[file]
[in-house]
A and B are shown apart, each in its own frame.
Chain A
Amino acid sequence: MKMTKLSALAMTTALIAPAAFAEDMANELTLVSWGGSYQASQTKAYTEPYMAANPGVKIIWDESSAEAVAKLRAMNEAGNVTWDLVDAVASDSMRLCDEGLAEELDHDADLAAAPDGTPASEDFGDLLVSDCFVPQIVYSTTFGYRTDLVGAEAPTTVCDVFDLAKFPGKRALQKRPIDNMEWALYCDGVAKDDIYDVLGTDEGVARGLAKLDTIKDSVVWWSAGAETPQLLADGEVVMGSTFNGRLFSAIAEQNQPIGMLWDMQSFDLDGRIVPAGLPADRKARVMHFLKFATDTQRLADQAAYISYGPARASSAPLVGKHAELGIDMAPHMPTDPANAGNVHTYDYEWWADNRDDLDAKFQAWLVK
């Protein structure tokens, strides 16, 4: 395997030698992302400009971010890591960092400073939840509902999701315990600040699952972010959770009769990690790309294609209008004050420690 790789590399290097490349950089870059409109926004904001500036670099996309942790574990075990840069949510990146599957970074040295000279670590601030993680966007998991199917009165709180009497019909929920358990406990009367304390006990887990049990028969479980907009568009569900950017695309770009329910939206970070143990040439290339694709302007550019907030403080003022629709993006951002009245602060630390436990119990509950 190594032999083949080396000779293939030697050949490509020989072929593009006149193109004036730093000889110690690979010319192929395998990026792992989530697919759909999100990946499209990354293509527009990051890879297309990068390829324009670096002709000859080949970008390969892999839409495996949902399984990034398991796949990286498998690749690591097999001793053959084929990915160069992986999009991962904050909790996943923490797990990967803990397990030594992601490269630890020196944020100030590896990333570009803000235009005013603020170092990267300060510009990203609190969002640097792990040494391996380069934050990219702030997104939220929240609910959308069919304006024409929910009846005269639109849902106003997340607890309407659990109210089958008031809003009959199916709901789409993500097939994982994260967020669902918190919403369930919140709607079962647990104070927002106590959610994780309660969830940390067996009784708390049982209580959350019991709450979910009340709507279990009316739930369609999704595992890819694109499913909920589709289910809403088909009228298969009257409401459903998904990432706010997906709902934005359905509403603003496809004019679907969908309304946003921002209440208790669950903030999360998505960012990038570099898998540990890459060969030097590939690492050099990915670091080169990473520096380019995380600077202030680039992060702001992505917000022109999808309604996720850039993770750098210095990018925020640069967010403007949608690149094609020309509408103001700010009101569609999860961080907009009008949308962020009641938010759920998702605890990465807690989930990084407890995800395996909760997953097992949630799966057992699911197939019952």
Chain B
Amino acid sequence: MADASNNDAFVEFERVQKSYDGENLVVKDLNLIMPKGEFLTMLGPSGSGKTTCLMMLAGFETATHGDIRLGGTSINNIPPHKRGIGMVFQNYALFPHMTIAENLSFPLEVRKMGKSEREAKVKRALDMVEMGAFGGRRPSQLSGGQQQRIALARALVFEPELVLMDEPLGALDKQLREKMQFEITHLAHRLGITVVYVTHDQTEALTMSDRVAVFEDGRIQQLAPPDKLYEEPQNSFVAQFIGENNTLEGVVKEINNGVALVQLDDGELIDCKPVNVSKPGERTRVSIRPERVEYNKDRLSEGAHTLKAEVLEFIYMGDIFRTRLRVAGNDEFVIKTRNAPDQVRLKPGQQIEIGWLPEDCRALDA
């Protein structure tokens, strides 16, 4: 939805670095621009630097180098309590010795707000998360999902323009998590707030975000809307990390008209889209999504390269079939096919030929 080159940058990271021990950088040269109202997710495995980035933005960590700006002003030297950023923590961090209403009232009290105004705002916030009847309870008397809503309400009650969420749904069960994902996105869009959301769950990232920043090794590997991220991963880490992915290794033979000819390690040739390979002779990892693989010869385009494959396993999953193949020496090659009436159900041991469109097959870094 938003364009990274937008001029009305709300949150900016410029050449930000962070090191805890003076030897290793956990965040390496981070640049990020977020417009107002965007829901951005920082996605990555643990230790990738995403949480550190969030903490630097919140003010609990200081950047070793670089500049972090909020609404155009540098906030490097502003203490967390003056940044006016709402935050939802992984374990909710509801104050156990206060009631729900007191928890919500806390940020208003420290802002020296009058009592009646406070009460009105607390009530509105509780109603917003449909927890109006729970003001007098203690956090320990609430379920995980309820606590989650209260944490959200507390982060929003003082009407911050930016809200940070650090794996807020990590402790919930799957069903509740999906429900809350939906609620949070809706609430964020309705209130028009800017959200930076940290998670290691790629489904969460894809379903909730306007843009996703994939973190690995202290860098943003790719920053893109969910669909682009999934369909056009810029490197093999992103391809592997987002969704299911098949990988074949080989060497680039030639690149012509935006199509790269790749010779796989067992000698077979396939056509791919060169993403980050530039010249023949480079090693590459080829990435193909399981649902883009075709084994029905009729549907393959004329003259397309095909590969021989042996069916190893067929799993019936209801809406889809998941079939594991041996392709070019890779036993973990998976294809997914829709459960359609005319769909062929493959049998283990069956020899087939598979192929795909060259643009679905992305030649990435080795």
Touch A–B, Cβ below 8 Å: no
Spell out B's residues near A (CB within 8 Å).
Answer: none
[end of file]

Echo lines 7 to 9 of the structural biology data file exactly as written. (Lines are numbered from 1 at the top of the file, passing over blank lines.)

Amino acid sequence: MADASNNDAFVEFERVQKSYDGENLVVKDLNLIMPKGEFLTMLGPSGSGKTTCLMMLAGFETATHGDIRLGGTSINNIPPHKRGIGMVFQNYALFPHMTIAENLSFPLEVRKMGKSEREAKVKRALDMVEMGAFGGRRPSQLSGGQQQRIALARALVFEPELVLMDEPLGALDKQLREKMQFEITHLAHRLGITVVYVTHDQTEALTMSDRVAVFEDGRIQQLAPPDKLYEEPQNSFVAQFIGENNTLEGVVKEINNGVALVQLDDGELIDCKPVNVSKPGERTRVSIRPERVEYNKDRLSEGAHTLKAEVLEFIYMGDIFRTRLRVAGNDEFVIKTRNAPDQVRLKPGQQIEIGWLPEDCRALDA
């Protein structure tokens, strides 16, 4: 939805670095621009630097180098309590010795707000998360999902323009998590707030975000809307990390008209889209999504390269079939096919030929 080159940058990271021990950088040269109202997710495995980035933005960590700006002003030297950023923590961090209403009232009290105004705002916030009847309870008397809503309400009650969420749904069960994902996105869009959301769950990232920043090794590997991220991963880490992915290794033979000819390690040739390979002779990892693989010869385009494959396993999953193949020496090659009436159900041991469109097959870094 938003364009990274937008001029009305709300949150900016410029050449930000962070090191805890003076030897290793956990965040390496981070640049990020977020417009107002965007829901951005920082996605990555643990230790990738995403949480550190969030903490630097919140003010609990200081950047070793670089500049972090909020609404155009540098906030490097502003203490967390003056940044006016709402935050939802992984374990909710509801104050156990206060009631729900007191928890919500806390940020208003420290802002020296009058009592009646406070009460009105607390009530509105509780109603917003449909927890109006729970003001007098203690956090320990609430379920995980309820606590989650209260944490959200507390982060929003003082009407911050930016809200940070650090794996807020990590402790919930799957069903509740999906429900809350939906609620949070809706609430964020309705209130028009800017959200930076940290998670290691790629489904969460894809379903909730306007843009996703994939973190690995202290860098943003790719920053893109969910669909682009999934369909056009810029490197093999992103391809592997987002969704299911098949990988074949080989060497680039030639690149012509935006199509790269790749010779796989067992000698077979396939056509791919060169993403980050530039010249023949480079090693590459080829990435193909399981649902883009075709084994029905009729549907393959004329003259397309095909590969021989042996069916190893067929799993019936209801809406889809998941079939594991041996392709070019890779036993973990998976294809997914829709459960359609005319769909062929493959049998283990069956020899087939598979192929795909060259643009679905992305030649990435080795």
Touch A–B, Cβ below 8 Å: no